2. Show up for class on time and prepared. That means that you have read the appropriate sections from the book plus any handouts, and you have worked all assigned homework. If a test has been assigned, you should be prepared to take the test. If you were late to class or absent from the previous class meeting, you are responsible for getting class notes and assignments from another student in the class or from the instructor.
     
  3. If you are late to class, it is possible that you have already been marked absent by the time you arrive. It is your responsibility to notify the instructor after class that you were late rather than absent.
     
  4. Take care of any personal needs outside of class time. Except for emergencies, you should not need to go to the bathroom, get a drink of water, etc. If you need to leave the room at any time while class is in session, you should ask for permission.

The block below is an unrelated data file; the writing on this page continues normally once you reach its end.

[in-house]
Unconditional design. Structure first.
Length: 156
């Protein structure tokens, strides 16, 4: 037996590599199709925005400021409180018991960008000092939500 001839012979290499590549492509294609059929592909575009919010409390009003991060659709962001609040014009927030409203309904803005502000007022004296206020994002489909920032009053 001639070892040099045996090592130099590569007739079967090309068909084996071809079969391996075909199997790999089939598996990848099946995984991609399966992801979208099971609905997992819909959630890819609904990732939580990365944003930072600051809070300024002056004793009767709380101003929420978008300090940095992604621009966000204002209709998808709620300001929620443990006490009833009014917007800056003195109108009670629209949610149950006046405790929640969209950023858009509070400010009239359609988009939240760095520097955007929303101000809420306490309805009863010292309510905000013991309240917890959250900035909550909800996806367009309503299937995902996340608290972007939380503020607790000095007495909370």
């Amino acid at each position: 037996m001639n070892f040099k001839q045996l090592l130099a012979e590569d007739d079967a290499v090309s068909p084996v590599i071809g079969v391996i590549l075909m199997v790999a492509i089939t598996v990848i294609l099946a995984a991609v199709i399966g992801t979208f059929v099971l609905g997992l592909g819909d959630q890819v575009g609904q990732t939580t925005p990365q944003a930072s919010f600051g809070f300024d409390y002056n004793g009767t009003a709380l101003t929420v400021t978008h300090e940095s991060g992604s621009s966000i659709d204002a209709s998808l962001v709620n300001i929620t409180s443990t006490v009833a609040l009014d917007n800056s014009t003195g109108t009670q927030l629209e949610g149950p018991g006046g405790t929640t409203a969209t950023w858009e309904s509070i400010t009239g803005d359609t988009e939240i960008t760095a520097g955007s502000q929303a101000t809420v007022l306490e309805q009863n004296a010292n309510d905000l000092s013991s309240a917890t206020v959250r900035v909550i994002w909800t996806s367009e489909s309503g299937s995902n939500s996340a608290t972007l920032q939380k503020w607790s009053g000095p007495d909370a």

5. There should be no personal conversations or moving around during class without explicit permission. These actions are disturbing to other students and to the instructor. Be courteous and respect the rights of others.
     
  6. Cell phones must be kept in book bags and programmed in a silent or vibrate setting during class.
     
  7. You should respect the property of your college. No eating, drinking (other than water), smoking, dipping, chewing tobacco, etc. in the classrooms. Also, no writing or carving on the desks, chairs, podium, etc. Any willful vandalism or destruction of Citadel property will be dealt with severely.

 

Daily Schedule

Dates Topics Covered
Aug. 25 The Database Environment (Chapter 1)
Aug. 27 The Database Environment (Chapter 1)
   
Aug. 30 The Database Environment(Chapter 1)
Sep. 1 The Database Development Process: Brief Overview (Chapter 2, selected topics)
Sep. 3 Modeling Data in the Organization (Chapter 3)